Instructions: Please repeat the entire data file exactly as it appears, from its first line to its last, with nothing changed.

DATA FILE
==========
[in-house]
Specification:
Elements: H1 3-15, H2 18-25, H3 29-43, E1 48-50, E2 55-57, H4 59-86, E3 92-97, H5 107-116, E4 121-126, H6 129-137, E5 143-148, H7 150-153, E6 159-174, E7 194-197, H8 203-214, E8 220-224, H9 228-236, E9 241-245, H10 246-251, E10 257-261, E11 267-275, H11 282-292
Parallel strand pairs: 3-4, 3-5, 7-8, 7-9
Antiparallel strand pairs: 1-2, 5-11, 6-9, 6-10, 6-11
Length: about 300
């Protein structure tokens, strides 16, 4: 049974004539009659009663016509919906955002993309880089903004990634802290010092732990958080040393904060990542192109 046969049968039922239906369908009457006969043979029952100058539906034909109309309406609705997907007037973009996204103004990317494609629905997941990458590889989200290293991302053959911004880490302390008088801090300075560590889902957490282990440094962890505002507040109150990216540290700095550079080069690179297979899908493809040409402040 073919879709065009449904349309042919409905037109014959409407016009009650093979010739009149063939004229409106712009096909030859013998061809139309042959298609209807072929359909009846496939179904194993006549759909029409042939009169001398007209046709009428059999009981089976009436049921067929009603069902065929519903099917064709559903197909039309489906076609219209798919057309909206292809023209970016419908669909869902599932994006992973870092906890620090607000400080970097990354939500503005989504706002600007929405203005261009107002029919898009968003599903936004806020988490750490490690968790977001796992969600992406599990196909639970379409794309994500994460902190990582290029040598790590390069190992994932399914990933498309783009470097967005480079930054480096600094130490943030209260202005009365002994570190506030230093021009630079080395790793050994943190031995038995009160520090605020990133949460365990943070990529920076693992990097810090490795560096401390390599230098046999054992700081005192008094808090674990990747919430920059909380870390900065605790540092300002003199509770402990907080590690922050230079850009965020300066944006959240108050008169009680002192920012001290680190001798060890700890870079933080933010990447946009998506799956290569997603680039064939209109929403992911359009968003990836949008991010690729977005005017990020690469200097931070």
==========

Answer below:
[in-house]
Specification:
Elements: H1 3-15, H2 18-25, H3 29-43, E1 48-50, E2 55-57, H4 59-86, E3 92-97, H5 107-116, E4 121-126, H6 129-137, E5 143-148, H7 150-153, E6 159-174, E7 194-197, H8 203-214, E8 220-224, H9 228-236, E9 241-245, H10 246-251, E10 257-261, E11 267-275, H11 282-292
Parallel strand pairs: 3-4, 3-5, 7-8, 7-9
Antiparallel strand pairs: 1-2, 5-11, 6-9, 6-10, 6-11
Length: about 300
């Protein structure tokens, strides 16, 4: 049974004539009659009663016509919906955002993309880089903004990634802290010092732990958080040393904060990542192109 046969049968039922239906369908009457006969043979029952100058539906034909109309309406609705997907007037973009996204103004990317494609629905997941990458590889989200290293991302053959911004880490302390008088801090300075560590889902957490282990440094962890505002507040109150990216540290700095550079080069690179297979899908493809040409402040 073919879709065009449904349309042919409905037109014959409407016009009650093979010739009149063939004229409106712009096909030859013998061809139309042959298609209807072929359909009846496939179904194993006549759909029409042939009169001398007209046709009428059999009981089976009436049921067929009603069902065929519903099917064709559903197909039309489906076609219209798919057309909206292809023209970016419908669909869902599932994006992973870092906890620090607000400080970097990354939500503005989504706002600007929405203005261009107002029919898009968003599903936004806020988490750490490690968790977001796992969600992406599990196909639970379409794309994500994460902190990582290029040598790590390069190992994932399914990933498309783009470097967005480079930054480096600094130490943030209260202005009365002994570190506030230093021009630079080395790793050994943190031995038995009160520090605020990133949460365990943070990529920076693992990097810090490795560096401390390599230098046999054992700081005192008094808090674990990747919430920059909380870390900065605790540092300002003199509770402990907080590690922050230079850009965020300066944006959240108050008169009680002192920012001290680190001798060890700890870079933080933010990447946009998506799956290569997603680039064939209109929403992911359009968003990836949008991010690729977005005017990020690469200097931070």